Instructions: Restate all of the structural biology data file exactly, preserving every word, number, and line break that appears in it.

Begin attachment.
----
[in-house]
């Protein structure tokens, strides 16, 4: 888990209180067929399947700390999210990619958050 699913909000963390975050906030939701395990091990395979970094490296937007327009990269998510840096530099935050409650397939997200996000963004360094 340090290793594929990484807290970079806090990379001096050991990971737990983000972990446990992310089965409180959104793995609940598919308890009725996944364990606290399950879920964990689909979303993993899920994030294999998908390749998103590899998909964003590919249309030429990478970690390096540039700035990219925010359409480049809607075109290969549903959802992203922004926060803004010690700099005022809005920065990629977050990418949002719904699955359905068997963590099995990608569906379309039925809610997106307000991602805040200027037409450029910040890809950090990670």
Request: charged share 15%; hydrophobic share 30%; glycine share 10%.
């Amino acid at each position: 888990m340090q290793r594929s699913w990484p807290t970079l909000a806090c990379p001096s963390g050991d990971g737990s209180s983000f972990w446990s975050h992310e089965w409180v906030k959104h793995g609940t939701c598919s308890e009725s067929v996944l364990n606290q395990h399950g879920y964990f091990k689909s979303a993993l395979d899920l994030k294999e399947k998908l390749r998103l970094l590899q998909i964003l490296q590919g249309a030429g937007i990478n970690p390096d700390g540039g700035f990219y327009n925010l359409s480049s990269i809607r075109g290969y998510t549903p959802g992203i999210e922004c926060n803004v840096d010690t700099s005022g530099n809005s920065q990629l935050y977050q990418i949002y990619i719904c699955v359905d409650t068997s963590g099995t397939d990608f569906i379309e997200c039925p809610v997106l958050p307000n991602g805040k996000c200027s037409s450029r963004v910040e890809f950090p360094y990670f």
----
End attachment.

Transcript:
[in-house]
């Protein structure tokens, strides 16, 4: 888990209180067929399947700390999210990619958050 699913909000963390975050906030939701395990091990395979970094490296937007327009990269998510840096530099935050409650397939997200996000963004360094 340090290793594929990484807290970079806090990379001096050991990971737990983000972990446990992310089965409180959104793995609940598919308890009725996944364990606290399950879920964990689909979303993993899920994030294999998908390749998103590899998909964003590919249309030429990478970690390096540039700035990219925010359409480049809607075109290969549903959802992203922004926060803004010690700099005022809005920065990629977050990418949002719904699955359905068997963590099995990608569906379309039925809610997106307000991602805040200027037409450029910040890809950090990670």
Request: charged share 15%; hydrophobic share 30%; glycine share 10%.
């Amino acid at each position: 888990m340090q290793r594929s699913w990484p807290t970079l909000a806090c990379p001096s963390g050991d990971g737990s209180s983000f972990w446990s975050h992310e089965w409180v906030k959104h793995g609940t939701c598919s308890e009725s067929v996944l364990n606290q395990h399950g879920y964990f091990k689909s979303a993993l395979d899920l994030k294999e399947k998908l390749r998103l970094l590899q998909i964003l490296q590919g249309a030429g937007i990478n970690p390096d700390g540039g700035f990219y327009n925010l359409s480049s990269i809607r075109g290969y998510t549903p959802g992203i999210e922004c926060n803004v840096d010690t700099s005022g530099n809005s920065q990629l935050y977050q990418i949002y990619i719904c699955v359905d409650t068997s963590g099995t397939d990608f569906i379309e997200c039925p809610v997106l958050p307000n991602g805040k996000c200027s037409s450029r963004v910040e890809f950090p360094y990670f």